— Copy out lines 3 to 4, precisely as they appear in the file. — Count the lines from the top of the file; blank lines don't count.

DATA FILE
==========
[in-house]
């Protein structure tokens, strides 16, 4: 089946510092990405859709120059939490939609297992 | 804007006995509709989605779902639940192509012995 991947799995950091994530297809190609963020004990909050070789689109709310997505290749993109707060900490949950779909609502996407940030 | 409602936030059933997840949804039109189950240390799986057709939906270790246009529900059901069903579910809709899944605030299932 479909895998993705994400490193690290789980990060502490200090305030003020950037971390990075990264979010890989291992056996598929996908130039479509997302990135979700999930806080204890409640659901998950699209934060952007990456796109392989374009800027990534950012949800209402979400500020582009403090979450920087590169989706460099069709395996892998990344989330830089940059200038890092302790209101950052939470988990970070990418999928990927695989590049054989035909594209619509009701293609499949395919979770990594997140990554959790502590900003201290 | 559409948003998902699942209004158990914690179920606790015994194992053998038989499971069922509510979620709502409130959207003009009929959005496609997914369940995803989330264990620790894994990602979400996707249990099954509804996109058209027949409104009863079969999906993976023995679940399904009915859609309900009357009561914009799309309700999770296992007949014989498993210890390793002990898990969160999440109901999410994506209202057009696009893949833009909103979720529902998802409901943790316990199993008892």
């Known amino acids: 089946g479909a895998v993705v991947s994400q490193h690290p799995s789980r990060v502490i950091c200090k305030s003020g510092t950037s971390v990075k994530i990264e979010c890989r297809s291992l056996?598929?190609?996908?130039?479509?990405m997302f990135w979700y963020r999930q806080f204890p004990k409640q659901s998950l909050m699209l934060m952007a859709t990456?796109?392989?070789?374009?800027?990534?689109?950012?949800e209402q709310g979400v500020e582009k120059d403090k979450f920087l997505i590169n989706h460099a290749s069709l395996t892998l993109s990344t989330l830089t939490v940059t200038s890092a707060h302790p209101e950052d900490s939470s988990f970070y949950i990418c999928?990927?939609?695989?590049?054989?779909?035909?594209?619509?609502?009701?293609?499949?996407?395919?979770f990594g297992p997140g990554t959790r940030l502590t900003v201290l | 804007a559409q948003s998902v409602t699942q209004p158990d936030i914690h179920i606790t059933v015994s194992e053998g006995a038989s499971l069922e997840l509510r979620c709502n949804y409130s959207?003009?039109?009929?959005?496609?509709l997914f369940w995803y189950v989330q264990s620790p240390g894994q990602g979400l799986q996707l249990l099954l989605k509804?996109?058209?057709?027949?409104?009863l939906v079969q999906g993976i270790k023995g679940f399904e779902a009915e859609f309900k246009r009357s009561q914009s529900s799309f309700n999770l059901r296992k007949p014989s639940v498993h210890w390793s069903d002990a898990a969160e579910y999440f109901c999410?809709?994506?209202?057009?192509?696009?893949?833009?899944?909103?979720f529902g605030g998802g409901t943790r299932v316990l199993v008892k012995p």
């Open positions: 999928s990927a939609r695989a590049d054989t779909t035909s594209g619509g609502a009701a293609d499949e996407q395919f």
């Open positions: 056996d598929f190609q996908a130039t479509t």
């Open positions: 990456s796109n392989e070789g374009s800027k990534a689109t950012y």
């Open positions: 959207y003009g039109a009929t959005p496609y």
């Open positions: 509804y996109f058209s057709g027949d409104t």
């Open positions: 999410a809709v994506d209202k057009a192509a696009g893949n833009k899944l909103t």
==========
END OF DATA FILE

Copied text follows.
């Known amino acids: 089946g479909a895998v993705v991947s994400q490193h690290p799995s789980r990060v502490i950091c200090k305030s003020g510092t950037s971390v990075k994530i990264e979010c890989r297809s291992l056996?598929?190609?996908?130039?479509?990405m997302f990135w979700y963020r999930q806080f204890p004990k409640q659901s998950l909050m699209l934060m952007a859709t990456?796109?392989?070789?374009?800027?990534?689109?950012?949800e209402q709310g979400v500020e582009k120059d403090k979450f920087l997505i590169n989706h460099a290749s069709l395996t892998l993109s990344t989330l830089t939490v940059t200038s890092a707060h302790p209101e950052d900490s939470s988990f970070y949950i990418c999928?990927?939609?695989?590049?054989?779909?035909?594209?619509?609502?009701?293609?499949?996407?395919?979770f990594g297992p997140g990554t959790r940030l502590t900003v201290l | 804007a559409q948003s998902v409602t699942q209004p158990d936030i914690h179920i606790t059933v015994s194992e053998g006995a038989s499971l069922e997840l509510r979620c709502n949804y409130s959207?003009?039109?009929?959005?496609?509709l997914f369940w995803y189950v989330q264990s620790p240390g894994q990602g979400l799986q996707l249990l099954l989605k509804?996109?058209?057709?027949?409104?009863l939906v079969q999906g993976i270790k023995g679940f399904e779902a009915e859609f309900k246009r009357s009561q914009s529900s799309f309700n999770l059901r296992k007949p014989s639940v498993h210890w390793s069903d002990a898990a969160e579910y999440f109901c999410?809709?994506?209202?057009?192509?696009?893949?833009?899944?909103?979720f529902g605030g998802g409901t943790r299932v316990l199993v008892k012995p």
């Open positions: 999928s990927a939609r695989a590049d054989t779909t035909s594209g619509g609502a009701a293609d499949e996407q395919f």